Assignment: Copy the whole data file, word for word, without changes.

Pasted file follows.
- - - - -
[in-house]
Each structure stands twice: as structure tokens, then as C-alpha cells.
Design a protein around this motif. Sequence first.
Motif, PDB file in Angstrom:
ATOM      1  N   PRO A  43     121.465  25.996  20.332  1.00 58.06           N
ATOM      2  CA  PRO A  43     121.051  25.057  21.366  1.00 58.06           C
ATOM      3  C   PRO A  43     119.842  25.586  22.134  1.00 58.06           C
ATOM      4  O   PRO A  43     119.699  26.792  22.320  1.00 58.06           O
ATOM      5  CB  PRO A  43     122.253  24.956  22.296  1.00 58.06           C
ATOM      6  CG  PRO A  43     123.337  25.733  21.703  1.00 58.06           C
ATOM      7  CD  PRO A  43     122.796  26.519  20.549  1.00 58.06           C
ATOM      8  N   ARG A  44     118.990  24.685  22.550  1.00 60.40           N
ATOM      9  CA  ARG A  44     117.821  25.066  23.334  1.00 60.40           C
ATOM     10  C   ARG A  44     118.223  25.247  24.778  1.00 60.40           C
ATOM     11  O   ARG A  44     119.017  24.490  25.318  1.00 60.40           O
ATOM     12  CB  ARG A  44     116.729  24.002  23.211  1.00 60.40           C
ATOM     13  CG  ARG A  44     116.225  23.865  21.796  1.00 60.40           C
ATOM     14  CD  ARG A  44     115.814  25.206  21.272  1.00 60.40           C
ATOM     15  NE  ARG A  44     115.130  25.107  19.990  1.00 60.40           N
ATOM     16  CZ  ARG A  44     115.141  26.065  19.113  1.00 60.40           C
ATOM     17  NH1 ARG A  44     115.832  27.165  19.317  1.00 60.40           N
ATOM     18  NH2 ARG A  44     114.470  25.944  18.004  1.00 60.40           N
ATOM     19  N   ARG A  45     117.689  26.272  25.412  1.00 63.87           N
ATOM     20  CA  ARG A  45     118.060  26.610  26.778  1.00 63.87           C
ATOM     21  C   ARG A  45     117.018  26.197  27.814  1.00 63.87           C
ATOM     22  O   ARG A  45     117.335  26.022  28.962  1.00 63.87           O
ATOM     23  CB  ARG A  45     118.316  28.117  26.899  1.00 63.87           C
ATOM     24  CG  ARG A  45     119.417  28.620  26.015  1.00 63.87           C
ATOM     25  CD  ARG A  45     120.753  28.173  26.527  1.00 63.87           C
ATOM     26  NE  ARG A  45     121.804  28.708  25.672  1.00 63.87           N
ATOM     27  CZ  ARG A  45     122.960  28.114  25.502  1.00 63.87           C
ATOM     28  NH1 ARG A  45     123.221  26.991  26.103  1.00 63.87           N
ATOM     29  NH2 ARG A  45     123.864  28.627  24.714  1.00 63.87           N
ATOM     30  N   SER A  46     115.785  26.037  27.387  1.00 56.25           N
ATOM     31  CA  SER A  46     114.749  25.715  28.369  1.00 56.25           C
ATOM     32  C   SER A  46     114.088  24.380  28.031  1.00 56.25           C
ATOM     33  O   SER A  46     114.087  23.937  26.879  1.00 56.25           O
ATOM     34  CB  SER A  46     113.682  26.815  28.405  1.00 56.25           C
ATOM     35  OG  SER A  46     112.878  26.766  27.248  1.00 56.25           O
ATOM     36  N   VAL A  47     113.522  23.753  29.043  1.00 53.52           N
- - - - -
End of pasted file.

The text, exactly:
[in-house]
Each structure stands twice: as structure tokens, then as C-alpha cells.
Design a protein around this motif. Sequence first.
Motif, PDB file in Angstrom:
ATOM      1  N   PRO A  43     121.465  25.996  20.332  1.00 58.06           N
ATOM      2  CA  PRO A  43     121.051  25.057  21.366  1.00 58.06           C
ATOM      3  C   PRO A  43     119.842  25.586  22.134  1.00 58.06           C
ATOM      4  O   PRO A  43     119.699  26.792  22.320  1.00 58.06           O
ATOM      5  CB  PRO A  43     122.253  24.956  22.296  1.00 58.06           C
ATOM      6  CG  PRO A  43     123.337  25.733  21.703  1.00 58.06           C
ATOM      7  CD  PRO A  43     122.796  26.519  20.549  1.00 58.06           C
ATOM      8  N   ARG A  44     118.990  24.685  22.550  1.00 60.40           N
ATOM      9  CA  ARG A  44     117.821  25.066  23.334  1.00 60.40           C
ATOM     10  C   ARG A  44     118.223  25.247  24.778  1.00 60.40           C
ATOM     11  O   ARG A  44     119.017  24.490  25.318  1.00 60.40           O
ATOM     12  CB  ARG A  44     116.729  24.002  23.211  1.00 60.40           C
ATOM     13  CG  ARG A  44     116.225  23.865  21.796  1.00 60.40           C
ATOM     14  CD  ARG A  44     115.814  25.206  21.272  1.00 60.40           C
ATOM     15  NE  ARG A  44     115.130  25.107  19.990  1.00 60.40           N
ATOM     16  CZ  ARG A  44     115.141  26.065  19.113  1.00 60.40           C
ATOM     17  NH1 ARG A  44     115.832  27.165  19.317  1.00 60.40           N
ATOM     18  NH2 ARG A  44     114.470  25.944  18.004  1.00 60.40           N
ATOM     19  N   ARG A  45     117.689  26.272  25.412  1.00 63.87           N
ATOM     20  CA  ARG A  45     118.060  26.610  26.778  1.00 63.87           C
ATOM     21  C   ARG A  45     117.018  26.197  27.814  1.00 63.87           C
ATOM     22  O   ARG A  45     117.335  26.022  28.962  1.00 63.87           O
ATOM     23  CB  ARG A  45     118.316  28.117  26.899  1.00 63.87           C
ATOM     24  CG  ARG A  45     119.417  28.620  26.015  1.00 63.87           C
ATOM     25  CD  ARG A  45     120.753  28.173  26.527  1.00 63.87           C
ATOM     26  NE  ARG A  45     121.804  28.708  25.672  1.00 63.87           N
ATOM     27  CZ  ARG A  45     122.960  28.114  25.502  1.00 63.87           C
ATOM     28  NH1 ARG A  45     123.221  26.991  26.103  1.00 63.87           N
ATOM     29  NH2 ARG A  45     123.864  28.627  24.714  1.00 63.87           N
ATOM     30  N   SER A  46     115.785  26.037  27.387  1.00 56.25           N
ATOM     31  CA  SER A  46     114.749  25.715  28.369  1.00 56.25           C
ATOM     32  C   SER A  46     114.088  24.380  28.031  1.00 56.25           C
ATOM     33  O   SER A  46     114.087  23.937  26.879  1.00 56.25           O
ATOM     34  CB  SER A  46     113.682  26.815  28.405  1.00 56.25           C
ATOM     35  OG  SER A  46     112.878  26.766  27.248  1.00 56.25           O
ATOM     36  N   VAL A  47     113.522  23.753  29.043  1.00 53.52           N